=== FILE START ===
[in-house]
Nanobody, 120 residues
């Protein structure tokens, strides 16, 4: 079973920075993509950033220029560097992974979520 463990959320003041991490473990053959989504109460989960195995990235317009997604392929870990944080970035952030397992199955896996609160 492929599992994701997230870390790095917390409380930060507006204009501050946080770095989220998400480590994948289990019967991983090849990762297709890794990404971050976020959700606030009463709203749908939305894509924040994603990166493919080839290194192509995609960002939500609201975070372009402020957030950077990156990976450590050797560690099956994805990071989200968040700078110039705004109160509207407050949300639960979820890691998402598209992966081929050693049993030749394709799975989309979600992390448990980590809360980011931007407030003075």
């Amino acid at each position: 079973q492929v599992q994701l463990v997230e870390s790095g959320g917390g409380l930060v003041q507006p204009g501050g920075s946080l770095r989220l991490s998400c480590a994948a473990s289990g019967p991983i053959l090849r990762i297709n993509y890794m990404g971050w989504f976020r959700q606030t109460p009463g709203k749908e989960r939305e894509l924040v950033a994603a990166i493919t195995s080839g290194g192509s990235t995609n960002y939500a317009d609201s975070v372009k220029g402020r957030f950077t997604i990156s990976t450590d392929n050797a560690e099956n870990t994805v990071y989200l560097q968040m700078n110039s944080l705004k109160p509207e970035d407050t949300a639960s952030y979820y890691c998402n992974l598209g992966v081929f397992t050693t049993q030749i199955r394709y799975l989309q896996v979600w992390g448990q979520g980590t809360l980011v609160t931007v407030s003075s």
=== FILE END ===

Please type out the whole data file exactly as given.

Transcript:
[in-house]
Nanobody, 120 residues
């Protein structure tokens, strides 16, 4: 079973920075993509950033220029560097992974979520 463990959320003041991490473990053959989504109460989960195995990235317009997604392929870990944080970035952030397992199955896996609160 492929599992994701997230870390790095917390409380930060507006204009501050946080770095989220998400480590994948289990019967991983090849990762297709890794990404971050976020959700606030009463709203749908939305894509924040994603990166493919080839290194192509995609960002939500609201975070372009402020957030950077990156990976450590050797560690099956994805990071989200968040700078110039705004109160509207407050949300639960979820890691998402598209992966081929050693049993030749394709799975989309979600992390448990980590809360980011931007407030003075």
């Amino acid at each position: 079973q492929v599992q994701l463990v997230e870390s790095g959320g917390g409380l930060v003041q507006p204009g501050g920075s946080l770095r989220l991490s998400c480590a994948a473990s289990g019967p991983i053959l090849r990762i297709n993509y890794m990404g971050w989504f976020r959700q606030t109460p009463g709203k749908e989960r939305e894509l924040v950033a994603a990166i493919t195995s080839g290194g192509s990235t995609n960002y939500a317009d609201s975070v372009k220029g402020r957030f950077t997604i990156s990976t450590d392929n050797a560690e099956n870990t994805v990071y989200l560097q968040m700078n110039s944080l705004k109160p509207e970035d407050t949300a639960s952030y979820y890691c998402n992974l598209g992966v081929f397992t050693t049993q030749i199955r394709y799975l989309q896996v979600w992390g448990q979520g980590t809360l980011v609160t931007v407030s003075s």